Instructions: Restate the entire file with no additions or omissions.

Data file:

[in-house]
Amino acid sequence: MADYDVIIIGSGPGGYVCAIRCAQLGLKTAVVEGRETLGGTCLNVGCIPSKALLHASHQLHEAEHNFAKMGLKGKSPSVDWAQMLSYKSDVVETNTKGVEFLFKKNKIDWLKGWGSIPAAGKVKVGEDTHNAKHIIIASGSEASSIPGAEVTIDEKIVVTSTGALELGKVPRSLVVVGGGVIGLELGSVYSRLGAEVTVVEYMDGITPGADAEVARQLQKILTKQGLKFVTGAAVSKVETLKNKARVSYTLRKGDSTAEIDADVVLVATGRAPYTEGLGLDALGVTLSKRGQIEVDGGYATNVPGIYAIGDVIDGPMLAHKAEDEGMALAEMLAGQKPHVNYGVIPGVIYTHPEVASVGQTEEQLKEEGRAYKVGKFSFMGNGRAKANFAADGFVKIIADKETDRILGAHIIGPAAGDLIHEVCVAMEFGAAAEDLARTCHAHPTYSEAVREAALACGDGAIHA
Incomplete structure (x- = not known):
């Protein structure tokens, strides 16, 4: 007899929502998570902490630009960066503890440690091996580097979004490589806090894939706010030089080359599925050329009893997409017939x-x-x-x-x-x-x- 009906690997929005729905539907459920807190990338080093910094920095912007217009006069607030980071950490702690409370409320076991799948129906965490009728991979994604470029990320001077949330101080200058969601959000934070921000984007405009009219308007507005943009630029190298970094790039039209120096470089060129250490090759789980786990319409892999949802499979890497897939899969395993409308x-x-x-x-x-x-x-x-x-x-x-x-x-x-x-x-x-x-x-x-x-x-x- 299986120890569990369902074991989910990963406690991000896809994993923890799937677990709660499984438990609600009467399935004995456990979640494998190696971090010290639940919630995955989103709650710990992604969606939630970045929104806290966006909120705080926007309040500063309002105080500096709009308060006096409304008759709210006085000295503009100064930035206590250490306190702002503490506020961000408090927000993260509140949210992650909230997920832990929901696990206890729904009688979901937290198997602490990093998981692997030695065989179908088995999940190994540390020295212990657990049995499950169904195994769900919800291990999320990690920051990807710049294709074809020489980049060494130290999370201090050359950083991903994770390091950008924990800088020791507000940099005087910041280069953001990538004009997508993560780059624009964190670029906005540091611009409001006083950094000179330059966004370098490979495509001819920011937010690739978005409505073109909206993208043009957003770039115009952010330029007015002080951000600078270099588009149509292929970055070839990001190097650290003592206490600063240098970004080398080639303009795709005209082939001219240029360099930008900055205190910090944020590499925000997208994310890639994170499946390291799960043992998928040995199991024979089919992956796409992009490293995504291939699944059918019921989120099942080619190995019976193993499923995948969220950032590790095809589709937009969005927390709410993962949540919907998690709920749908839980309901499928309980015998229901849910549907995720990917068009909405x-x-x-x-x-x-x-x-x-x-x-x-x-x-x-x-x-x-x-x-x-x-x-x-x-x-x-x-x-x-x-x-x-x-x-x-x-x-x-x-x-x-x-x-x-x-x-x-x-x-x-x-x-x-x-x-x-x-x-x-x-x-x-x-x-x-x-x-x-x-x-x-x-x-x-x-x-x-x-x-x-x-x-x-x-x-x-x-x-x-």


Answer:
[in-house]
Amino acid sequence: MADYDVIIIGSGPGGYVCAIRCAQLGLKTAVVEGRETLGGTCLNVGCIPSKALLHASHQLHEAEHNFAKMGLKGKSPSVDWAQMLSYKSDVVETNTKGVEFLFKKNKIDWLKGWGSIPAAGKVKVGEDTHNAKHIIIASGSEASSIPGAEVTIDEKIVVTSTGALELGKVPRSLVVVGGGVIGLELGSVYSRLGAEVTVVEYMDGITPGADAEVARQLQKILTKQGLKFVTGAAVSKVETLKNKARVSYTLRKGDSTAEIDADVVLVATGRAPYTEGLGLDALGVTLSKRGQIEVDGGYATNVPGIYAIGDVIDGPMLAHKAEDEGMALAEMLAGQKPHVNYGVIPGVIYTHPEVASVGQTEEQLKEEGRAYKVGKFSFMGNGRAKANFAADGFVKIIADKETDRILGAHIIGPAAGDLIHEVCVAMEFGAAAEDLARTCHAHPTYSEAVREAALACGDGAIHA
Incomplete structure (x- = not known):
């Protein structure tokens, strides 16, 4: 007899929502998570902490630009960066503890440690091996580097979004490589806090894939706010030089080359599925050329009893997409017939x-x-x-x-x-x-x- 009906690997929005729905539907459920807190990338080093910094920095912007217009006069607030980071950490702690409370409320076991799948129906965490009728991979994604470029990320001077949330101080200058969601959000934070921000984007405009009219308007507005943009630029190298970094790039039209120096470089060129250490090759789980786990319409892999949802499979890497897939899969395993409308x-x-x-x-x-x-x-x-x-x-x-x-x-x-x-x-x-x-x-x-x-x-x- 299986120890569990369902074991989910990963406690991000896809994993923890799937677990709660499984438990609600009467399935004995456990979640494998190696971090010290639940919630995955989103709650710990992604969606939630970045929104806290966006909120705080926007309040500063309002105080500096709009308060006096409304008759709210006085000295503009100064930035206590250490306190702002503490506020961000408090927000993260509140949210992650909230997920832990929901696990206890729904009688979901937290198997602490990093998981692997030695065989179908088995999940190994540390020295212990657990049995499950169904195994769900919800291990999320990690920051990807710049294709074809020489980049060494130290999370201090050359950083991903994770390091950008924990800088020791507000940099005087910041280069953001990538004009997508993560780059624009964190670029906005540091611009409001006083950094000179330059966004370098490979495509001819920011937010690739978005409505073109909206993208043009957003770039115009952010330029007015002080951000600078270099588009149509292929970055070839990001190097650290003592206490600063240098970004080398080639303009795709005209082939001219240029360099930008900055205190910090944020590499925000997208994310890639994170499946390291799960043992998928040995199991024979089919992956796409992009490293995504291939699944059918019921989120099942080619190995019976193993499923995948969220950032590790095809589709937009969005927390709410993962949540919907998690709920749908839980309901499928309980015998229901849910549907995720990917068009909405x-x-x-x-x-x-x-x-x-x-x-x-x-x-x-x-x-x-x-x-x-x-x-x-x-x-x-x-x-x-x-x-x-x-x-x-x-x-x-x-x-x-x-x-x-x-x-x-x-x-x-x-x-x-x-x-x-x-x-x-x-x-x-x-x-x-x-x-x-x-x-x-x-x-x-x-x-x-x-x-x-x-x-x-x-x-x-x-x-x-």